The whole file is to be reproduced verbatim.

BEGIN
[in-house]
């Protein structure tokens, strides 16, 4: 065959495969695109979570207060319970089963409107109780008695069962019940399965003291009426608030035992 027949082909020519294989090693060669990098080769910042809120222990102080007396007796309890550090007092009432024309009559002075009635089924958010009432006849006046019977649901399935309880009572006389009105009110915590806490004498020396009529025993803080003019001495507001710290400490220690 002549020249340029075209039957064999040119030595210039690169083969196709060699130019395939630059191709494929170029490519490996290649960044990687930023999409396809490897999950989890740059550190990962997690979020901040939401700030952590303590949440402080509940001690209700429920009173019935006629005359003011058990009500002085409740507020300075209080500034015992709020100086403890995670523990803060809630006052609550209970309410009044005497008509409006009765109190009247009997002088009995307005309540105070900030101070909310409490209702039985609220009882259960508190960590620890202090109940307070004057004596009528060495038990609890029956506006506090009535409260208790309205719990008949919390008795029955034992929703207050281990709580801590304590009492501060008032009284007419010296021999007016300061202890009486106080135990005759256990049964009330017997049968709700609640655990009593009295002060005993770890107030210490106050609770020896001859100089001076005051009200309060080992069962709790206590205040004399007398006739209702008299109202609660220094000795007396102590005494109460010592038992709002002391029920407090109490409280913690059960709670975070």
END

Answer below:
[in-house]
């Protein structure tokens, strides 16, 4: 065959495969695109979570207060319970089963409107109780008695069962019940399965003291009426608030035992 027949082909020519294989090693060669990098080769910042809120222990102080007396007796309890550090007092009432024309009559002075009635089924958010009432006849006046019977649901399935309880009572006389009105009110915590806490004498020396009529025993803080003019001495507001710290400490220690 002549020249340029075209039957064999040119030595210039690169083969196709060699130019395939630059191709494929170029490519490996290649960044990687930023999409396809490897999950989890740059550190990962997690979020901040939401700030952590303590949440402080509940001690209700429920009173019935006629005359003011058990009500002085409740507020300075209080500034015992709020100086403890995670523990803060809630006052609550209970309410009044005497008509409006009765109190009247009997002088009995307005309540105070900030101070909310409490209702039985609220009882259960508190960590620890202090109940307070004057004596009528060495038990609890029956506006506090009535409260208790309205719990008949919390008795029955034992929703207050281990709580801590304590009492501060008032009284007419010296021999007016300061202890009486106080135990005759256990049964009330017997049968709700609640655990009593009295002060005993770890107030210490106050609770020896001859100089001076005051009200309060080992069962709790206590205040004399007398006739209702008299109202609660220094000795007396102590005494109460010592038992709002002391029920407090109490409280913690059960709670975070």